I was going to mention that. We ought to talk about Section 230 because the Supreme Court just-
Todd Zywicki (12:24):
And so that’s the legal issue. But the principle is, we’re just a platform, we’re inviting all comers. But then they also want to act like they’re The Washington Post and say that we can control what is said on our platform. And so from that sense, they’re not just like a regular company, because a regular company doesn’t have the right to allow people to libel other people, to say the things that are said on their platforms.
And so there’s a double-edged sword here. So yes, the principle is private companies can decide who comes or goes. But when private companies decide who comes or goes, they’ve got to take the consequences that come with that. If The Washington Post prints something that’s libelous, then The Washington Post can be sued for that. And what these platforms are trying to say is, well, we’re going to control what people say, but at the same time we’re going to pretend like we’re not.
Bill Walton (13:21):
In Missouri v. Biden, which court are you in, and when do you win?
Jenin Younes (13:28):
We’re in the Western District of Louisiana, in front of [inaudible 00:13:33].
Bill Walton (13:32):
That sounds like a good jurisdiction.
Jenin Younes (13:35):
Bill Walton (13:36):
Sarah and I were just reading about Andrew Jackson. He’s from there. Spent some time there.
Jenin Younes (13:44):
So we’re actually in the preliminary injunction phase, which it’s very rare for a court to order this amount of discovery and depositions for preliminary injunctions. But he did, the judge did in this case. So we’ve actually been doing preliminary injunction related discovery since May. And we finally are going to have a hearing probably in the next month or so. So then we’ll get a ruling, which hopefully will be helpful.
Bill Walton (14:07):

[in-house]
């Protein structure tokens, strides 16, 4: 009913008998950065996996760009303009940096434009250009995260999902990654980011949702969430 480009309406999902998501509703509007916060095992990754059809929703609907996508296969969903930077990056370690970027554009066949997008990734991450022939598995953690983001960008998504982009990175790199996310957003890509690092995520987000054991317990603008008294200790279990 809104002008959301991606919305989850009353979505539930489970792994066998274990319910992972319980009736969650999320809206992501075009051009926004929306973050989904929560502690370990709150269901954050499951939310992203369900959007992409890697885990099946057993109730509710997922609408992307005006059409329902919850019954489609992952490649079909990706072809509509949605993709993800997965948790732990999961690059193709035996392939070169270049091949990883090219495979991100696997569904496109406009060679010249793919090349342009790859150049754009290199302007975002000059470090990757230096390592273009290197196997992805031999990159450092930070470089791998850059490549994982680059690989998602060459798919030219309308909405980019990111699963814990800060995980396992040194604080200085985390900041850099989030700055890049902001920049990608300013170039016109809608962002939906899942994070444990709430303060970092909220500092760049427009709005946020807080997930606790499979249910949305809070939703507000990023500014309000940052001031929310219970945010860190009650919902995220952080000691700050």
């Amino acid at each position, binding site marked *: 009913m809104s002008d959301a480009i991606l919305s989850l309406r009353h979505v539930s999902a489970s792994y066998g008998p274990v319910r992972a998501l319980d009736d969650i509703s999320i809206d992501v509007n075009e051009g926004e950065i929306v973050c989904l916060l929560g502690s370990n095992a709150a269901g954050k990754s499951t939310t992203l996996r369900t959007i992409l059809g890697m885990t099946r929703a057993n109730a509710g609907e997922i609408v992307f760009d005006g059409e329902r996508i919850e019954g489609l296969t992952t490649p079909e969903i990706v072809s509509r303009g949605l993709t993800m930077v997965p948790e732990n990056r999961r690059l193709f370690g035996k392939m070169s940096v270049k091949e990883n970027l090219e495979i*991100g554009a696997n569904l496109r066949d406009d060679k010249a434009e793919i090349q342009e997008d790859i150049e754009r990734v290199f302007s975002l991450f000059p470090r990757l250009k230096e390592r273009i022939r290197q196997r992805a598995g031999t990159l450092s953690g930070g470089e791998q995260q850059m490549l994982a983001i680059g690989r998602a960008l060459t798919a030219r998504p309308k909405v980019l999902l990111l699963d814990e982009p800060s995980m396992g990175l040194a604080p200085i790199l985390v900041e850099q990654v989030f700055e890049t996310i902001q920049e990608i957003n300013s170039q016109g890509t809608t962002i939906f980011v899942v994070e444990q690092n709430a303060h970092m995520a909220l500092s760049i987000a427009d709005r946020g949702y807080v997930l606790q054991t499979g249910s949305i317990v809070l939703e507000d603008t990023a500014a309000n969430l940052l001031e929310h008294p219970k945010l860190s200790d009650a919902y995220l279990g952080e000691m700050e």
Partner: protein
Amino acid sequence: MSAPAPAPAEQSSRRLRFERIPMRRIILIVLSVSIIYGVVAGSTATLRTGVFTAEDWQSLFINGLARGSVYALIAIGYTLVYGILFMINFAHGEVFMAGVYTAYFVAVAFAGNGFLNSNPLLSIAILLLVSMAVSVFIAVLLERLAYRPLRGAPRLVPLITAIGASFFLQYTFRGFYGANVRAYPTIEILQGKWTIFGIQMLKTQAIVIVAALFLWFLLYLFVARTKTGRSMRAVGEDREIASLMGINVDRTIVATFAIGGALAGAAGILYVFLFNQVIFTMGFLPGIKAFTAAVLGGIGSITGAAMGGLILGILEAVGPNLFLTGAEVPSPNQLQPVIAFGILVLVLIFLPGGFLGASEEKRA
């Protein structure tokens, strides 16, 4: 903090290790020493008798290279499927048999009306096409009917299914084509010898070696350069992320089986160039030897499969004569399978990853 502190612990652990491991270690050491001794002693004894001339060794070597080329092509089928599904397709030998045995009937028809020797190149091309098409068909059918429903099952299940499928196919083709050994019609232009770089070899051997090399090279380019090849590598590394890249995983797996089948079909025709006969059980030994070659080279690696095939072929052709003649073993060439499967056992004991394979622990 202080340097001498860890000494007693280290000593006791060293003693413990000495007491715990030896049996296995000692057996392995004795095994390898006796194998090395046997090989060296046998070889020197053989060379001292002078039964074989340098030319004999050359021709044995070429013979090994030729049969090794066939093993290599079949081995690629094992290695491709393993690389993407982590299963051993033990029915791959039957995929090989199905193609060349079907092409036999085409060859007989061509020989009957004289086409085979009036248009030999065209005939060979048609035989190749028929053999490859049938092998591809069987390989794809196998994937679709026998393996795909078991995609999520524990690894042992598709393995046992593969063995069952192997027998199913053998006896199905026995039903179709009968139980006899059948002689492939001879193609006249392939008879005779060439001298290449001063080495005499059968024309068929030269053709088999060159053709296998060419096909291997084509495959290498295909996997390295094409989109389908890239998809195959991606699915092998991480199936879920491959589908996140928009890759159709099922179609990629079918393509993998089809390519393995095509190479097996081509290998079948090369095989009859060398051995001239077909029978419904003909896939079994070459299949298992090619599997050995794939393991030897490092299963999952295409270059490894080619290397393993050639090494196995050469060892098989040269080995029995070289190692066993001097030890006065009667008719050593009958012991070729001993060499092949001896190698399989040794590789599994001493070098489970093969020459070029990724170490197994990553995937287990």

You guys have actually taken some depositions in the case.
Jenin Younes (14:09):
Bill Walton (14:10):
This is The Bill Walton Show and I’m here with Jenin Younes and Todd Zywicki. And we’re talking about a very interesting lawsuit, Missouri v. Biden, which the essence is the White House has been directing the social media companies to censor speech and kick people off their platforms for the last two years, ever since they came into office.
Jenin Younes (14:32):
Yeah, that’s right.
Bill Walton (14:33):
Is that about when this started, or was this sort of like, okay, we’re in charge now. Now we’re going to start bringing about the regime that we want?
Jenin Younes (14:40):
So it’s actually, really, that’s one of the key sticking points, that the companies came up with COVID misinformation policies in March of 2020. And so the government is arguing, well, they already had these misinformation policies.
Bill Walton (14:51):
But they were listening to Fauci. The social media. I mean, you still had the same people in charge of-
Jenin Younes (14:59):
Sure. So they were doing some of this, even when Trump was in charge. The CDC especially was sort of on its own. I doubt that the president had anything to do with that.
Bill Walton (15:09):
So we had Twitter being leaned on. It was Facebook mainly being leaned on by all of them.
Jenin Younes (15:13):
All of them.
Bill Walton (15:15):
But then we had Fauci doing that. We had the FBI, I understand we had 20 FBI agents in the Twitter offices.
Jenin Younes (15:23):
Yeah, that’s right.
Todd Zywicki (15:25):
Just at Twitter. Who knows that Facebook [inaudible 00:15:27].
Bill Walton (15:28):
Were the government people talking to each other? Was this just all independent?
Jenin Younes (15:33):
That remains a little bit unclear. It looks to me like they were acting independently, the separate agencies. I don’t think that they were coordinating. So I think that’s why the CDC was doing this even under Trump and just continued doing it under Biden, but ramped up its efforts in response to the government’s pressure. And then I think some of it, like the White House’s involvement obviously started under Biden.